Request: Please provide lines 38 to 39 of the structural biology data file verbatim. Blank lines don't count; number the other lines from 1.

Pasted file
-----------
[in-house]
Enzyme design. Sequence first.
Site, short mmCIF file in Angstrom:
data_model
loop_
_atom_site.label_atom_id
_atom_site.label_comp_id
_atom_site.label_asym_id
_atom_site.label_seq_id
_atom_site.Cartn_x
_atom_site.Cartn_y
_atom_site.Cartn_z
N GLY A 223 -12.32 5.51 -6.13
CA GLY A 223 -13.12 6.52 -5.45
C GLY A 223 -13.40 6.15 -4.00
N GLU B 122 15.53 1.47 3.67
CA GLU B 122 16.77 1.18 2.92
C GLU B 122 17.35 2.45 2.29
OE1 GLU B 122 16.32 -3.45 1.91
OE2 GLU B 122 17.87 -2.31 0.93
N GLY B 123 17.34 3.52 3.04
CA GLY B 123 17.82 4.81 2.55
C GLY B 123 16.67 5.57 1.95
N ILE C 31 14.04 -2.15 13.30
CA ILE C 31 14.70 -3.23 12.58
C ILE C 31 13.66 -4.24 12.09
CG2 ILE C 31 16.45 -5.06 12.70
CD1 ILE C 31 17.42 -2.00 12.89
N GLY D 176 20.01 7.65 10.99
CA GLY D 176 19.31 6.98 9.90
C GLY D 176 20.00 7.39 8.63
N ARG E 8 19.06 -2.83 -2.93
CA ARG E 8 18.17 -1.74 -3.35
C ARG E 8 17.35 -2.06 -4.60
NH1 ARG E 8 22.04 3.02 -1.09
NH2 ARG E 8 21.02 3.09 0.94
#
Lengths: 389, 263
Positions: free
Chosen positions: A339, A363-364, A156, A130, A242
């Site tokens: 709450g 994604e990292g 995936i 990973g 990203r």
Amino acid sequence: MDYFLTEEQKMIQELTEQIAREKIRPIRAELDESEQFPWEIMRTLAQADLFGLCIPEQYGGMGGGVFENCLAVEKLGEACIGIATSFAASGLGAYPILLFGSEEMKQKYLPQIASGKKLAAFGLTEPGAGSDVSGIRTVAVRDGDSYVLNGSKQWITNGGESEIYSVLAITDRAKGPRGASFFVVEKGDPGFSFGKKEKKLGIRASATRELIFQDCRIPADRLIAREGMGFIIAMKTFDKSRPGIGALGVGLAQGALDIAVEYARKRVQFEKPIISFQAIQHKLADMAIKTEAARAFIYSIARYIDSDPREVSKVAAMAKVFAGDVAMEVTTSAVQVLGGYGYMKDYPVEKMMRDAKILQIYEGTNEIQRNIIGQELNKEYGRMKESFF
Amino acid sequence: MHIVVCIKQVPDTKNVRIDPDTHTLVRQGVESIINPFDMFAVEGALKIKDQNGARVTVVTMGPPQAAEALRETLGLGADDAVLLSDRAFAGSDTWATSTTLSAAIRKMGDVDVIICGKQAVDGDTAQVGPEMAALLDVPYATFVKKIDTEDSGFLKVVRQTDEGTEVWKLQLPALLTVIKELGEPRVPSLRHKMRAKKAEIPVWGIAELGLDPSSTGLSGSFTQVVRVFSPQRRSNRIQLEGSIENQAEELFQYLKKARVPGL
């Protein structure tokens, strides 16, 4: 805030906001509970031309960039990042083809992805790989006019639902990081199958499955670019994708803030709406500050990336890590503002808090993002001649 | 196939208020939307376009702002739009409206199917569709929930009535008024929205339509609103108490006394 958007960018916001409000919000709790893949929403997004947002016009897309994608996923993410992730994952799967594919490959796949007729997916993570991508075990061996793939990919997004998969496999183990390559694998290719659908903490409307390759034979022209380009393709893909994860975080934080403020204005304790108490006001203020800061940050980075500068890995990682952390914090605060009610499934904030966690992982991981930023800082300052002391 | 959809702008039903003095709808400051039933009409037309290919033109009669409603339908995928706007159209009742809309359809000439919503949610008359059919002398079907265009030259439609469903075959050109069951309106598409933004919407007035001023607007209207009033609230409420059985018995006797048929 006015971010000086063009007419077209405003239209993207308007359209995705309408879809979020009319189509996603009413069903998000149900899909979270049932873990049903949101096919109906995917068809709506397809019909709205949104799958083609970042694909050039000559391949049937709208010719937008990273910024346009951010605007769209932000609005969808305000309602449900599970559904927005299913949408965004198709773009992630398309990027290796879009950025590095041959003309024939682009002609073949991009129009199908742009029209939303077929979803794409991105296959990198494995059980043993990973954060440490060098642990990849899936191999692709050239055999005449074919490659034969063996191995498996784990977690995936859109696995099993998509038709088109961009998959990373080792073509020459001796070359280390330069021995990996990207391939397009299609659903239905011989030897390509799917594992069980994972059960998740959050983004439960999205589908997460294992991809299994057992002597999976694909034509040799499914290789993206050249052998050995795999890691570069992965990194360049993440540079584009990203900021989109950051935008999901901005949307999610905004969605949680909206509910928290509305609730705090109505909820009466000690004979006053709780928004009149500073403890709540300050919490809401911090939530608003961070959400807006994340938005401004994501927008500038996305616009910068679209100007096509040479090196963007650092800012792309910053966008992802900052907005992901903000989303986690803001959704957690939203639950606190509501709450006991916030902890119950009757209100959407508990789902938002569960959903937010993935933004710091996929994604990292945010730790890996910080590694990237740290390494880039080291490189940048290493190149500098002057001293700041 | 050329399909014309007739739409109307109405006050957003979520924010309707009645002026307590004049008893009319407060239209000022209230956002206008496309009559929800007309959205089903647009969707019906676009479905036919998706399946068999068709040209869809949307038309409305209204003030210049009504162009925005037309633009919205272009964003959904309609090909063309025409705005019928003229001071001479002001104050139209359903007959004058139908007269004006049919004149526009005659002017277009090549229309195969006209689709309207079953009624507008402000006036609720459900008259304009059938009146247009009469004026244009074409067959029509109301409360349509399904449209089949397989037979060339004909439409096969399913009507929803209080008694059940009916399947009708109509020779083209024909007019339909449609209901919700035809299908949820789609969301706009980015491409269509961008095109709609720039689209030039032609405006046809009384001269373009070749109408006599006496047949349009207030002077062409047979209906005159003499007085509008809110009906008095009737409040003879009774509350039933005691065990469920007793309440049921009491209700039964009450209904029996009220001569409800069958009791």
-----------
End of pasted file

Lengths: 389, 263
Positions: free